learning new things

 

Here at handsome and pretty we are always wondering how things are made and how we can recreate things ourselves. We also love love love to read so when we stumbled upon this tutorial on book binding over at cook, quilt, make and bake blog we had to share it:

 Nigella Lawson’s library

 

Book Binding: Sketch Book

Step 1 – Cut and Fold Your Paper

Books are, of course, made out of pages. The sketch book we made in class had 48 pages, made by taking 24 double sized pieces of paper, folding them in half and collating them into 12 packets of 2 pages each.

Thankfully the paper was already cut to size for us, so we just had to fold the 24 pieces of paper in half, using a bone folder to smooth the crease  so that you get a nice crisp edge.

Step 2 – Make a template for sewing

The next step is to make holes in all your pieces of paper as a guide for sewing.

In order to make sure that the holes (and thus your sewing) are nicely lined up, without having to measure and mark each piece of paper individually, we made a template.

Take a piece of scrap paper the same length as your page, and fold it in half. Then mark along the crease 6 holes (you made need more if you are making a very tall book). The top and bottom hole should be around an inch from the top and bottom of the page. The others should be roughly evenly spaced in between.

Step 3 – Make holes for sewing

Taking each of your bundles of 2 sheets, line the template up inside their center crease. Using an awl, make a hole through the marked template hole into the 2 sheets. This hole is used as a guide hole for your sewing.

Step 4 – Sew the books together

The books are sewn together, one set of pages at a time. In class we used a special book binding needle (which is very thick and long) and a waxed linen thread. The sewing stitch we used is known as ‘kettle’ stitch, although there are lots and lots of different stitches and techniques used for sewing together pages in book binding.

Step 5 – Cover papers

Each hard backed book has 2 cover papers, one for the front and one for the back, which attaches to the front page of the book pages, and the hard back cover.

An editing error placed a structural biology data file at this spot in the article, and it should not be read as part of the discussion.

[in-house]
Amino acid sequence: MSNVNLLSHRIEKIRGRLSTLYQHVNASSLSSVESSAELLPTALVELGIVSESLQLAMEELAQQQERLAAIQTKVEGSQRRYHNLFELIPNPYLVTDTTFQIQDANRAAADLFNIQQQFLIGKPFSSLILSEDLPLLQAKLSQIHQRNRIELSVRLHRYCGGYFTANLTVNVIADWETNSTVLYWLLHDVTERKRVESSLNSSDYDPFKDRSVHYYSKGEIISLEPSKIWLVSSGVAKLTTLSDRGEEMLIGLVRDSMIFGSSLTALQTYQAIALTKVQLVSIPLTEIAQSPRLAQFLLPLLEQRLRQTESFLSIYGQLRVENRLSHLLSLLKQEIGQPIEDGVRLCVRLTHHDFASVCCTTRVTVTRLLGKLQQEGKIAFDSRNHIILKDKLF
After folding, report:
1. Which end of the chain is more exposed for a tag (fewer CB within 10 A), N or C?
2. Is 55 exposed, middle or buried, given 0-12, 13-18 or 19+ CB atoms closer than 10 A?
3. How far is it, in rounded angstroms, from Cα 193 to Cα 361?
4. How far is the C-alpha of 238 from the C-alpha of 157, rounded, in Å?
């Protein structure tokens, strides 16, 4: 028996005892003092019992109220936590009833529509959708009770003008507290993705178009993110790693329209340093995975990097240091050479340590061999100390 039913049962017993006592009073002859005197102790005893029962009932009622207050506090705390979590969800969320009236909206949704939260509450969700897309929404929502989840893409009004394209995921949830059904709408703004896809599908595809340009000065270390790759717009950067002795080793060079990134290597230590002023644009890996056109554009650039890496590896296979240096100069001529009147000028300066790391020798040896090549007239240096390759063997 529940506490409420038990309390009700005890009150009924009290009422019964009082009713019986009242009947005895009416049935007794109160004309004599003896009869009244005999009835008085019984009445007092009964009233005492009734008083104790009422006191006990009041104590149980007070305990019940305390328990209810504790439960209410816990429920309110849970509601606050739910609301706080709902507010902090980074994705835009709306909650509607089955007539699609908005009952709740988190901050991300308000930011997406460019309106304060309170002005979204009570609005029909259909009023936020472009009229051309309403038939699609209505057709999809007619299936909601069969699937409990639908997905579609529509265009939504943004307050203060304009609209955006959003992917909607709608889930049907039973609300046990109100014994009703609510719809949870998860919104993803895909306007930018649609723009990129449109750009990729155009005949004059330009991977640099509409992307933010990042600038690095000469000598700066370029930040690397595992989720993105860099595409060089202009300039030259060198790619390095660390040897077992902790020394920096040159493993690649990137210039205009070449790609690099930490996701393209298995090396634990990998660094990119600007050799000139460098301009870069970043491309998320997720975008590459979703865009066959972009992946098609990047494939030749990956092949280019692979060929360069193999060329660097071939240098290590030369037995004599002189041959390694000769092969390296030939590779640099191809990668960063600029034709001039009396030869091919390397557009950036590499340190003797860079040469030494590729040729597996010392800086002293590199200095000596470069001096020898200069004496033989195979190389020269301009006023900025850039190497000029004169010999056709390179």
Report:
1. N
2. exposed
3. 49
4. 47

Cover pages are often made with special papers and traditionally may be marbled. They are cut to be exactly the same size as your booklet pages.

You attach your cover paper to the front and back of your booklet bundle, using specialist book binding glue. There are a whole world of specialist glues used in book binding, but the one we used in class was a wheat starch paste.

Just run a thin swipe of glue down the spine edge front and back and stick your cover page to the thin glue line.

Step 6 – Rounding and Gluing the spine

The next step is to shape your pages to give your spine a nice curve. We rolled our booklet around a dowel and then clamped it between grey board to hold the pages in shape. The next stage is to run glue along the edge of the spine.

Using a soft bristled brush, apply the glue all along the spine in generous quantities, making sure to get in and around all the of stitching. Then using a finger scrape off as much of the paste as you can so that there is no excess left of the spine.

Leave to book clamped or under a light weight to dry

Step 7 – Apply the head bands

Bookbinding head bands are one of those things you barely notice about a hard back book but help to tie it all together and look finished. They are a cotton tape with two colours of silk thread sewn along the top.

Each book needs two headbands cut, one for the top and one for the bottom of the spine. Measure just a much as you need based on how wide your spine is and glue it to the spine using PVA.

Step 7 – Making your cover

Hardback covers are made of two thick pieces of grey board for the front and back and one thinner piece of grey card for the spine, glued to a piece of fabric (usually a specialist book binding cloth or buckram).

The grey board is cut to be around 1/8th inch bigger all the way around than the booklet which sits between it. The spine piece of card is cut to be exactly the same size as the width of the spine and the same length as the pieces of grey board.

You want to lay the pieces out side by side (as if looking at the open book) with around a 1/4 inch gap between each piece. Then cut a piece of bookbinding cloth big enough to give you a 1.5″ seam all the way around the edge.

The next step is to paste the wheat starch paste in a thin layer across the whole of the piece of fabric, and then carefully lay your pieces of board on the fabric in position. Carefully, without getting too many bubbles between the gluey cloth and the board fold the edges of your cloth round and over the board around the edges. A tip we were taught is that smoothing it with the bone folder as you go helps to keep the edges nice and crisp.

This board/fabric cover now needs to go somewhere flat to dry for a few hours.

Step 8 – Make it into a book

The last step is to attach your two bits together. Both the book of pages and the cover should be mostly dry from glue.

To attach them you want to spread a thin and even layer of glue onto the top page of the booklet and to the back page of the booklet. Now carefully place your book inside the cover and press with a heavy weight so that the booklet dries in place inside the cover.  You don’t need to glue the spine.

And there you have it – TAHDAHHH! A finished hard backed book. Phew.

Pretty impressive no?

Happy Crafting

handsome and pretty

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